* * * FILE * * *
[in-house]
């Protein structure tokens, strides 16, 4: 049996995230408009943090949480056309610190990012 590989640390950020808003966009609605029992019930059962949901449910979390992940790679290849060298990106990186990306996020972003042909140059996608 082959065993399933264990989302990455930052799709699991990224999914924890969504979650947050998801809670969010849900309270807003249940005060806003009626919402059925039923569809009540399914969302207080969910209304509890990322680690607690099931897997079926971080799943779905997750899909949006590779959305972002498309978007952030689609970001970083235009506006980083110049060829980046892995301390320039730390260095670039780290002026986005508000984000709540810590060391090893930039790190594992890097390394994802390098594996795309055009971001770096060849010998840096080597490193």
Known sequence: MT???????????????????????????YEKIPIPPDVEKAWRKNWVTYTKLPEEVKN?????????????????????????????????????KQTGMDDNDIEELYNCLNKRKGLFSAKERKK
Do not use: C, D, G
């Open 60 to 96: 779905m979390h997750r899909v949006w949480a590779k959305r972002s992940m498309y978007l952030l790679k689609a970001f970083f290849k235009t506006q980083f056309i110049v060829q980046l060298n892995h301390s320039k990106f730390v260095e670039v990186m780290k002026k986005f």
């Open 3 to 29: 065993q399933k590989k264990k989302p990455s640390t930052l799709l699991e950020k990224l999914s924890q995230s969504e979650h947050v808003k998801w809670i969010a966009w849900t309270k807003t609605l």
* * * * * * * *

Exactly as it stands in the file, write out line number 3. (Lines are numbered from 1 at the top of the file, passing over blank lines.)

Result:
Known sequence: MT???????????????????????????YEKIPIPPDVEKAWRKNWVTYTKLPEEVKN?????????????????????????????????????KQTGMDDNDIEELYNCLNKRKGLFSAKERKK